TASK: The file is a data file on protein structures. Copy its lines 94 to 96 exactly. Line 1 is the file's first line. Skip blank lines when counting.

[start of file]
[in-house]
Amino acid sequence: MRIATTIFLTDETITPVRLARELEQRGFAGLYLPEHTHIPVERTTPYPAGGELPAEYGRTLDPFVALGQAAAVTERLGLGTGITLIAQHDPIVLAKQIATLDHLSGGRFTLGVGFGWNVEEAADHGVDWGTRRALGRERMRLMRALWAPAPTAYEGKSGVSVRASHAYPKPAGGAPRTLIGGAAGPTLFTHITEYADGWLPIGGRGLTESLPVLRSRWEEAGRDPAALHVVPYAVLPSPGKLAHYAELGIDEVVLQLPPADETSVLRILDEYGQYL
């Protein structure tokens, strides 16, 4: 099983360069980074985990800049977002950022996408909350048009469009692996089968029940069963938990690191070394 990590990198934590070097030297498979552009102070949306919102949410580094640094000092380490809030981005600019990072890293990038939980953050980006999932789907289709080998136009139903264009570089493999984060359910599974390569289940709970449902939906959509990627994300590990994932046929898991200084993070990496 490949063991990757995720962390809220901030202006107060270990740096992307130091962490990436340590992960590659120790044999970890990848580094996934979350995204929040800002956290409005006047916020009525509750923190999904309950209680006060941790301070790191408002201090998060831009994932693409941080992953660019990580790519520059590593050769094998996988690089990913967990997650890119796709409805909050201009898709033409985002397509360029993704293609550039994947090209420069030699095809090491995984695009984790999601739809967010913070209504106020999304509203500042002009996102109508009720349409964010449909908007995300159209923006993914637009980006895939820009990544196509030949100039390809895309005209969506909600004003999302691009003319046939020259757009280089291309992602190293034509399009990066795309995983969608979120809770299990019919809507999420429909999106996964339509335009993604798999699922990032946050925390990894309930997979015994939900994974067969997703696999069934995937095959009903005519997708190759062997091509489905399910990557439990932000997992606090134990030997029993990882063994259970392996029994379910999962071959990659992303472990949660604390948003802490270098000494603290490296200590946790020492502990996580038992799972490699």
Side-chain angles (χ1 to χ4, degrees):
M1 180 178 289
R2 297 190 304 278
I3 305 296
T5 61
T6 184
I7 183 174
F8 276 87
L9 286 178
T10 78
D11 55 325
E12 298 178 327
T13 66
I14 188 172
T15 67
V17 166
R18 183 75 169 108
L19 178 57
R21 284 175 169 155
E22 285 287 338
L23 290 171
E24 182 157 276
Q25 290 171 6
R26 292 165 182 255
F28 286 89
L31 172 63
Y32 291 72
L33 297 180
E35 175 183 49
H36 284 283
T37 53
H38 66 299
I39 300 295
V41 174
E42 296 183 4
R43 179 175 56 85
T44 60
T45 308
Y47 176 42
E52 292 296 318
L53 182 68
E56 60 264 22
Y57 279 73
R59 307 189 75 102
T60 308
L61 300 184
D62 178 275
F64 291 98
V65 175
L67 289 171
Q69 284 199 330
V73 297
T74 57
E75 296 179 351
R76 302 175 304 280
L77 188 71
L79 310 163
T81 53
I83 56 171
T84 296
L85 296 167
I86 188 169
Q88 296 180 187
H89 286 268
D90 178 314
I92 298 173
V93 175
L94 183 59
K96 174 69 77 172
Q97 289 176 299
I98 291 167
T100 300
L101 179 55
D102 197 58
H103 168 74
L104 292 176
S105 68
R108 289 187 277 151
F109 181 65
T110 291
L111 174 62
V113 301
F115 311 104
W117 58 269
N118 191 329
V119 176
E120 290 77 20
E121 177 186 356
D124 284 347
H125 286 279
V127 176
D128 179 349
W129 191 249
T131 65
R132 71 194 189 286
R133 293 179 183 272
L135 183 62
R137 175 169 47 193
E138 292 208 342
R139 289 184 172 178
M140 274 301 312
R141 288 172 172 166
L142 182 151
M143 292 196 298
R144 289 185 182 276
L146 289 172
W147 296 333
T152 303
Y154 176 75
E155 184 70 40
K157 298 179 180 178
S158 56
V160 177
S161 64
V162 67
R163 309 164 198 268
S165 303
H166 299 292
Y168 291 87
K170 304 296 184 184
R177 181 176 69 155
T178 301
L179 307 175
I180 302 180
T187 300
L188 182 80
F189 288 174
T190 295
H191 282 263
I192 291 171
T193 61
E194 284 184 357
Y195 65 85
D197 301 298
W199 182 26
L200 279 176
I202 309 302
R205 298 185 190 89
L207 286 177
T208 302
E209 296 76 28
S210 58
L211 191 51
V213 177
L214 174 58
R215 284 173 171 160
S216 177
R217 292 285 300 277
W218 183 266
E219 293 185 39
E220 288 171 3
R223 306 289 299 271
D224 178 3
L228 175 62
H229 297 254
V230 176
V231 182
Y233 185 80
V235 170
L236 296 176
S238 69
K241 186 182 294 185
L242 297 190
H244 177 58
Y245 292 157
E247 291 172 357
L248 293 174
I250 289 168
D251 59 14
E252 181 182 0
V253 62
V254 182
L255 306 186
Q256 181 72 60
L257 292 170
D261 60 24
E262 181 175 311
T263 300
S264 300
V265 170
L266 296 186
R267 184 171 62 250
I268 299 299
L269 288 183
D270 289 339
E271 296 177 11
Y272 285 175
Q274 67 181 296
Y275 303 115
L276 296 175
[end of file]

V127 176
D128 179 349
W129 191 249